Ohsawa recovered slowly
He worked to make shoku-yo the guiding principle for the reconstruction of the nation. From 1946-1952 he ran a school (which he called "Centre Ignoramus" or "World Government Association") in the town of Hiyoshi between Tokyo and Yokohama. There he began to gather and teach a small group of devoted disciples, who would later spread his teachings throughout the world. In 1949 he changed his name from Joichi Sakurazawa to George (or Georges) Ohsawa; George sounded like Joichi, the "s" on the end had to do with his love of France and French writers, and Ohsawa was written with the same characters as Sakurazawa, but pronounced differently. At the same time, he first began to call his philosophy and teachings "macrobiotics." (1)
In October 1953
A few days before his 60th birthday, George and Lima embarked on a new phase of their lives. He called it the "World Journey of the Penniless Samurai." Herman Aihara (1980) noted that like the salmon, Ohsawa decided to take his most adventurous trip late in his life. He hoped to spread macrobiotics around the world, making it a basic principle not only of personal and spiritual health but of world peace as well. The couple first spent 18 months in India teaching and studying macrobiotics. They then went to Africa for several months, where George had a deep spiritual awakening (at age 62). (1)
Ohsawa arrives in December 1959
When Ohsawa first arrived in America in December 1959, very few Americans had heard of macrobiotics. During his visit in New York, Ohsawa stayed at the Aihara's apartment, since Herman was his closest associate in America. After one week, Ohsawa flew alone to California to find a source of short-grain brown rice; he had not been able to find any in New York. He located Koda Brothers' brown rice in California, stayed there a week, then returned to the Aihara's apartment. First things first. All were impressed at how quickly he had solved a major problem. Then, to introduce macrobiotics, Ohsawa presented three series of lectures, each for ten nights during January, February, and March of 1960 at the Buddhist Academy in New York City.
During these lectures his first work in English was published, a mimeographed edition of Zen Macrobiotics. He and the Aiharas duplicated and bound these in the Aihara`s apartment, then sold them at the lectures for $0.50 each. In this publication he introduced miso and natural shoyu (which he called "tamari").
Miso and natural shoyu quickly became essential ingredients in the diet of most students of macrobiotics in the U.S. At about this time (1960-61) Ohsawa's second work, the Book of Judgment, appeared in English, having been printed in Japan. The book was originally written in French. (1)
Ohsawa Deliverers main message
By 1965 the macrobiotic movement in America, though small, was growing rapidly. Various estimates indicate somewhere between 300 and 2,000 people actively involved. Ohsawa, whose numerous books were now available, described this as the happiest period of his life. He was able to watch his efforts bearing fruit in the form of very active yet independent groups in Boston, Chico, and New York. Though the style of each group was different, Ohsawa supported and encouraged all. A number of students moved between the groups to further their studies.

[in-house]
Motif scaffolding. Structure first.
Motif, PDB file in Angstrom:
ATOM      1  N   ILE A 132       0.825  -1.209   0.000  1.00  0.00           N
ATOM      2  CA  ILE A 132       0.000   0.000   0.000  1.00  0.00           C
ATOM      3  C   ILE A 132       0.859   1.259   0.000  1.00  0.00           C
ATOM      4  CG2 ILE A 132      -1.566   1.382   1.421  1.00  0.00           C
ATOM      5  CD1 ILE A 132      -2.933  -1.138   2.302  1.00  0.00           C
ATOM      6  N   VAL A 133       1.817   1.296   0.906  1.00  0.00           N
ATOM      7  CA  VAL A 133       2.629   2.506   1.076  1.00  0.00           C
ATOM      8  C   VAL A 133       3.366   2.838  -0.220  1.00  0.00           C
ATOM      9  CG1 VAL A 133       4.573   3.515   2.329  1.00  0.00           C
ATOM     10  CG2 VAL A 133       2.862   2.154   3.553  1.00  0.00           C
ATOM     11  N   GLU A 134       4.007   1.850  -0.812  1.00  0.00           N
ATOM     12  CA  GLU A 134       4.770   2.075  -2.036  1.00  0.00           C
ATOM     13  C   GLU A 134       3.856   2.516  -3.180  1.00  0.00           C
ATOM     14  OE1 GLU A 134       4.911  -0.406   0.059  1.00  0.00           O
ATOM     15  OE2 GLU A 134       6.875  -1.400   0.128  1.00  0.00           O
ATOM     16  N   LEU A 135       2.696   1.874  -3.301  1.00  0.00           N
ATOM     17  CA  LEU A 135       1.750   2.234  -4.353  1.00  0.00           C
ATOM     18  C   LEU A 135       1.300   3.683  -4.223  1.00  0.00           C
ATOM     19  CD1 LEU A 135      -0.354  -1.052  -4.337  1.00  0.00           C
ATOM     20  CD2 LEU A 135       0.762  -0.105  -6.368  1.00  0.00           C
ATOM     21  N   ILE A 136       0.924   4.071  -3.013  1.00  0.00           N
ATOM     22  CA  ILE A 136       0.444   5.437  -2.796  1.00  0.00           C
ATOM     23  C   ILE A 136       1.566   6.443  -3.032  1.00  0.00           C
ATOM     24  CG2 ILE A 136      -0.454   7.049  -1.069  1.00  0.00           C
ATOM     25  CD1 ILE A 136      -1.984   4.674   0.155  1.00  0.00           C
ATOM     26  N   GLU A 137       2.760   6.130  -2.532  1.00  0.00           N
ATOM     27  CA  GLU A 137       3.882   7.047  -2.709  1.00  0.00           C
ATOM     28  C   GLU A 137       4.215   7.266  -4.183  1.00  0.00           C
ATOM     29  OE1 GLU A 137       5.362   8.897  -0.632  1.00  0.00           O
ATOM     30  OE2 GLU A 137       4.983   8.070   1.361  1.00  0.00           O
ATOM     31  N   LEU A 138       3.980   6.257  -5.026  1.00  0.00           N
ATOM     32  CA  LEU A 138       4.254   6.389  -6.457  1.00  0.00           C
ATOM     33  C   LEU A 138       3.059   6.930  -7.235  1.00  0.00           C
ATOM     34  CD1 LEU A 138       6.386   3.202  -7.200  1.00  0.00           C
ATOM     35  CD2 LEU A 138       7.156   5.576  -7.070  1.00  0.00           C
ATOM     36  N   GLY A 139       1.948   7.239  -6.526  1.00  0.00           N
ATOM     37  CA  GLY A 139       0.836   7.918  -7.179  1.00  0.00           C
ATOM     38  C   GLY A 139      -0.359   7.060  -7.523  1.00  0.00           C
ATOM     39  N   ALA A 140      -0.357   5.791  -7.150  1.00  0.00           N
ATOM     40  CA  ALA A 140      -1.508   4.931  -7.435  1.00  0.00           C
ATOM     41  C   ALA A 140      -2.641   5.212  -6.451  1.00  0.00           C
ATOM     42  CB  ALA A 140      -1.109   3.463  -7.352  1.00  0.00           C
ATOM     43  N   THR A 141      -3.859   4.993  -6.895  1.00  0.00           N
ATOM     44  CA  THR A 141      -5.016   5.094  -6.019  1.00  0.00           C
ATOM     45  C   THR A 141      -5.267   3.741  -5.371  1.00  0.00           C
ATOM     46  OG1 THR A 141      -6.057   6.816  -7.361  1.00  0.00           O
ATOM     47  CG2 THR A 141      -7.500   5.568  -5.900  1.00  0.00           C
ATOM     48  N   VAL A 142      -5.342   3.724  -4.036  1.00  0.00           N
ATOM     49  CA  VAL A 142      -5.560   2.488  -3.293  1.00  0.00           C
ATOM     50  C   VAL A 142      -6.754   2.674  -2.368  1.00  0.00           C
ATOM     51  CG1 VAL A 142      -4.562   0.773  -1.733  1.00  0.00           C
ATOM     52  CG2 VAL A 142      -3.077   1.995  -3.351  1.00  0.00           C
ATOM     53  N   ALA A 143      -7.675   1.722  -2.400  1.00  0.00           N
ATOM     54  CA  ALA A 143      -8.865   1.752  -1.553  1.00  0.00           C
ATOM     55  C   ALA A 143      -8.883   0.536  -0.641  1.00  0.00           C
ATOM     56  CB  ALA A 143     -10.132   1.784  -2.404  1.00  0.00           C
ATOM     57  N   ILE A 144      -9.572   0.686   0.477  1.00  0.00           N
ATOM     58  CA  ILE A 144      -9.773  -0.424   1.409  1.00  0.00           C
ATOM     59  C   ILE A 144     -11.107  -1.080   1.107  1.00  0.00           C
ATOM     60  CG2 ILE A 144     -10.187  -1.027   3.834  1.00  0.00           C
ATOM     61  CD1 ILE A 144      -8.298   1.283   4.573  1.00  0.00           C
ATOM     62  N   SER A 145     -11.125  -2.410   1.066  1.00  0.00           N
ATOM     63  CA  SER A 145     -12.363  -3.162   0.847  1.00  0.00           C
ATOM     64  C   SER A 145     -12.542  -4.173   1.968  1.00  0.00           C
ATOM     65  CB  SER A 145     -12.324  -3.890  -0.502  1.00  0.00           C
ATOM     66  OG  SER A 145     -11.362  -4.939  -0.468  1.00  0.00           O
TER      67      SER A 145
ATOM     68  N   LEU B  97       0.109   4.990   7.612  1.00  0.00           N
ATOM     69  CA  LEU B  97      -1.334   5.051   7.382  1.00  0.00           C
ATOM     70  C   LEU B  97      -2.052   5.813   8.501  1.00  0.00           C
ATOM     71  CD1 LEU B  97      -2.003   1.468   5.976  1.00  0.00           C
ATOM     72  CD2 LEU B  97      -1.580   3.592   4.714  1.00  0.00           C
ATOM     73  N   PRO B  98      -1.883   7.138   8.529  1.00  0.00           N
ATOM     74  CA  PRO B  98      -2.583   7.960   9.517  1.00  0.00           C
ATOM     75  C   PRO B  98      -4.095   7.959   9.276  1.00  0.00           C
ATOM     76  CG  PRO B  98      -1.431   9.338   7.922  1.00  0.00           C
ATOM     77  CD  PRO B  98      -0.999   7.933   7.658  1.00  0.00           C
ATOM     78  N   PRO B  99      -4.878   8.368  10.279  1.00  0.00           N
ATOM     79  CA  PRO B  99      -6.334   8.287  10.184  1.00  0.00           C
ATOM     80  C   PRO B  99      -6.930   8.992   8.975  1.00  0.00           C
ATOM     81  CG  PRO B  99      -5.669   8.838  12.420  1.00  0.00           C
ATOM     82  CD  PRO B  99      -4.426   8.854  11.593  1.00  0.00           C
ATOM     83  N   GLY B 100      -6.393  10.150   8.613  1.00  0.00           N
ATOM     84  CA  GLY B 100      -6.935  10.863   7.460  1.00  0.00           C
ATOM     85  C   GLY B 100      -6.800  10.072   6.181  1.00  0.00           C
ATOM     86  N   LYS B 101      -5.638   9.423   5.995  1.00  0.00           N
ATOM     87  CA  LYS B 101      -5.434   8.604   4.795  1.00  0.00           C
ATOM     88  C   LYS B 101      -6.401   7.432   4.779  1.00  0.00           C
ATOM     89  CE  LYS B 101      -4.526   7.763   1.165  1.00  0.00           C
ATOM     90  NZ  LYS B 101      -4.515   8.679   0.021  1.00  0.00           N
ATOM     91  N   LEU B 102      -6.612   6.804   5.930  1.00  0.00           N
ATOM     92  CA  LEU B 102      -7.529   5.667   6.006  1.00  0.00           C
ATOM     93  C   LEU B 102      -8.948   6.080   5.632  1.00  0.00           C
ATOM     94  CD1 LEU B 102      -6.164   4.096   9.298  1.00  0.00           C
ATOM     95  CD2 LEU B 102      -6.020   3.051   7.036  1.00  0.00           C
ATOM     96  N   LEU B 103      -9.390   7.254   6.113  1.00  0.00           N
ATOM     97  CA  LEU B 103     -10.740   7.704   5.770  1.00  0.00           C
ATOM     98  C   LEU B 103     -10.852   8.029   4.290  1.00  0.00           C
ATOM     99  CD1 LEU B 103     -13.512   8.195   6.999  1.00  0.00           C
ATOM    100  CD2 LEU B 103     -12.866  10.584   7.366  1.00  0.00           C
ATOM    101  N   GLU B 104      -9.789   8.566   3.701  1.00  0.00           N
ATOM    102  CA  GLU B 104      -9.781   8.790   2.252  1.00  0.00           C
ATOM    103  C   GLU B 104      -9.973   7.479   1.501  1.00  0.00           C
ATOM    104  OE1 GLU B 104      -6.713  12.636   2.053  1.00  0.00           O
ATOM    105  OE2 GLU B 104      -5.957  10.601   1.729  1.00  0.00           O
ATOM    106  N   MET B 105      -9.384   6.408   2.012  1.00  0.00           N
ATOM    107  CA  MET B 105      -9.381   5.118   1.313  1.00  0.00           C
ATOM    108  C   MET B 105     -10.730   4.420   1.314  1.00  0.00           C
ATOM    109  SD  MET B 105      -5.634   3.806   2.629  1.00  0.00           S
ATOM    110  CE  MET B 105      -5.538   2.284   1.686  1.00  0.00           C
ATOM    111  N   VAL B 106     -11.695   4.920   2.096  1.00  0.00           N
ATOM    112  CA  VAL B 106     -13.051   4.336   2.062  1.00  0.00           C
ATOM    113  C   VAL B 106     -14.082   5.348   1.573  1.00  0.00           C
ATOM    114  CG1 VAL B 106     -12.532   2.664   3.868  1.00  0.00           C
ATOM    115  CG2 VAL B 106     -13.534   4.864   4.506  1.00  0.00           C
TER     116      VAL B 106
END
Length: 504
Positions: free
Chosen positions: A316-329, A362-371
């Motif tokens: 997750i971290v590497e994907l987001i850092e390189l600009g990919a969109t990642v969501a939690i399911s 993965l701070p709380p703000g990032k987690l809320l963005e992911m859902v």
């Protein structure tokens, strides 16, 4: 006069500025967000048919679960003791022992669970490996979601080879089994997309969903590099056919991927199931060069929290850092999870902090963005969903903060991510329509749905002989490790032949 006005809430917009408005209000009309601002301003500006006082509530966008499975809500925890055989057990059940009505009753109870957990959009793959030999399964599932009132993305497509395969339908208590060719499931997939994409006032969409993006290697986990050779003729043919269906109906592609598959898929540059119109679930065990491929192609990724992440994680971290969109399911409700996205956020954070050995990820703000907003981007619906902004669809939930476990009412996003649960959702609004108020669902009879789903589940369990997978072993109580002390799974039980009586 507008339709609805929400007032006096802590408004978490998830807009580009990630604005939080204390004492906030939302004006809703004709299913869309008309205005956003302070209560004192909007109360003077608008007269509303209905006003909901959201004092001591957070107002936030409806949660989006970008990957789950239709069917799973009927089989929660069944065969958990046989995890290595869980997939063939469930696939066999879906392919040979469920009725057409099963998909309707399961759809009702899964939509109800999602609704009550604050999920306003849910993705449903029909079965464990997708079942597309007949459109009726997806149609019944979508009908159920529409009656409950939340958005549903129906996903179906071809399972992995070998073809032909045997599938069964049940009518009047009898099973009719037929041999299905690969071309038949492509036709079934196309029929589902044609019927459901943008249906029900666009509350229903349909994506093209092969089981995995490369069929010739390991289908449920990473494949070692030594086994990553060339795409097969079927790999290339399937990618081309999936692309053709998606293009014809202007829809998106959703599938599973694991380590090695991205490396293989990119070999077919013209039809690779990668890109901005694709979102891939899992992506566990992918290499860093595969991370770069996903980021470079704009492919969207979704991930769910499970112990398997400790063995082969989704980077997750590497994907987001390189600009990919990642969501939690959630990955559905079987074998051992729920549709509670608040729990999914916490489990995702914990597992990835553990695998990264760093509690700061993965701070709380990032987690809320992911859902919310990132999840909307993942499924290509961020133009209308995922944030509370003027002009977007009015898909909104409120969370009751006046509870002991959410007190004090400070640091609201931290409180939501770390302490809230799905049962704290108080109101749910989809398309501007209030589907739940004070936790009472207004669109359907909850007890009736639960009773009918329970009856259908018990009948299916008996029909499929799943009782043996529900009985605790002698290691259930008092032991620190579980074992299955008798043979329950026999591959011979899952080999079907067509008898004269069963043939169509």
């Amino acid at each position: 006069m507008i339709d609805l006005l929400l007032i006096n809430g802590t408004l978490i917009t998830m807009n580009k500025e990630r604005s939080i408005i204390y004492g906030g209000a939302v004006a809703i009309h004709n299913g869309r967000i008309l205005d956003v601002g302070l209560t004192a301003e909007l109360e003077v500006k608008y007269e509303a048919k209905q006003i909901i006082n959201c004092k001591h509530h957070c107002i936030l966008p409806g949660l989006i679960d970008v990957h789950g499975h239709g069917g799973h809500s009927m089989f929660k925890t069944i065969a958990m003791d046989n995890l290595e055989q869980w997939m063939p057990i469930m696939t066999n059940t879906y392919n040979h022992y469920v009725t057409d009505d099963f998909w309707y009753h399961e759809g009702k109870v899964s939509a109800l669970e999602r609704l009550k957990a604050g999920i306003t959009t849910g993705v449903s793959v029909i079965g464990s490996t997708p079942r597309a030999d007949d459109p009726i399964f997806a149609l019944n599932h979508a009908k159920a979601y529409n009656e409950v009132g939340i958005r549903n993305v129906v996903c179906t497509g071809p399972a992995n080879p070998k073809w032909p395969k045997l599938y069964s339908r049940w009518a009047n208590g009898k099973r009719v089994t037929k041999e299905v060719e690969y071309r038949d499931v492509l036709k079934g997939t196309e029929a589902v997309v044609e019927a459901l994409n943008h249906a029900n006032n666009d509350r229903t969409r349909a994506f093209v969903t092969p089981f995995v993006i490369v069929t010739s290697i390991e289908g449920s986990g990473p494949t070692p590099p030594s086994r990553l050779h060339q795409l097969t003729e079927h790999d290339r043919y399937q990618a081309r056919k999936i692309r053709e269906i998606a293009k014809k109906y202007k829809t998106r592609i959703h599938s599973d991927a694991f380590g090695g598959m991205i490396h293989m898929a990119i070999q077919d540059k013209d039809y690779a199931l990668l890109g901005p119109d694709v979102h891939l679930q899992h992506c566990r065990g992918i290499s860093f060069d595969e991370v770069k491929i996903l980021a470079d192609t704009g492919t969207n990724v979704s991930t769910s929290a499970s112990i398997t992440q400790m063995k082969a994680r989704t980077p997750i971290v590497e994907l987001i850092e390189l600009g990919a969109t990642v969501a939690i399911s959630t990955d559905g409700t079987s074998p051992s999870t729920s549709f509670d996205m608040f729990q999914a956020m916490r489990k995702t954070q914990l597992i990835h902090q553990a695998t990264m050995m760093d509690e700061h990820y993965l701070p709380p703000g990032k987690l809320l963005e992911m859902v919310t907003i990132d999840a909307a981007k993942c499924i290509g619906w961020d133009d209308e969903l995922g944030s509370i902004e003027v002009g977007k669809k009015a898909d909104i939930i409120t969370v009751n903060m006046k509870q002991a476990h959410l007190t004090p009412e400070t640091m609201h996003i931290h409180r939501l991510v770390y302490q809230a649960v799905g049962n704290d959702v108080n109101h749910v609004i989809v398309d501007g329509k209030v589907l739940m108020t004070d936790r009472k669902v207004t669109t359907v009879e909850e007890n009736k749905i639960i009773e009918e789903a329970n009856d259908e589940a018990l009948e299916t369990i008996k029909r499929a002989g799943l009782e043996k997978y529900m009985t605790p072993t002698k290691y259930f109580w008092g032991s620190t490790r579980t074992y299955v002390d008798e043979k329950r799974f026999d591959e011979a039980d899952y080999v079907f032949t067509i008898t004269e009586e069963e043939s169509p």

Ohsawa saw the West as a civilization in crisis, beset with moral, spiritual, ideological, and health problems. Disease, crime, pollution, and divorce were all rapidly increasing. The goal of Western economics and technology was, he felt, the maximization of material wealth, sensual pleasure, comfort, and convenience through plundering of the earth, nature, and other nations. Western man tried hopelessly to find happiness by producing and consuming as much as possible.
The place to start in unraveling this maze of problems, Ohsawa felt, was with the individual human organism. Fundamental change must be biologically and bio chemically based, and that could most easily be brought about by a change to a traditional (macrobiotic) diet. To many young people of the counterculture in the 1960s, Ohsawa's penetrating critique of Western civilization rang clear and true. This attracted them to his teachings on diet, based on a more simple and spiritual life. And because soy foods were a basic part of his diet, they came to be considered by his students as a key ingredient in a new and more healthful way of life.
On 23 April 1966, just as his teaching was beginning to spread rapidly in the West, Ohsawa died unexpectedly in Tokyo at age 72. The immediate cause of death was given as cardiac failure, probably compounded by the filarial parasites he had contracted a decade earlier at Lambarene', Gabon, in Africa. (1)
George Ohsawa, The Macrobiotic Movement
by William Shurtleff and Akiko Aoyagi
©Copyright 2004 Soyinfo Center, Lafayette, California
2. Essential Ohsawa
edited by Carl Ferre
©Copyright 1994 George Ohsawa Macrobiotic Foundation - G.O.M.F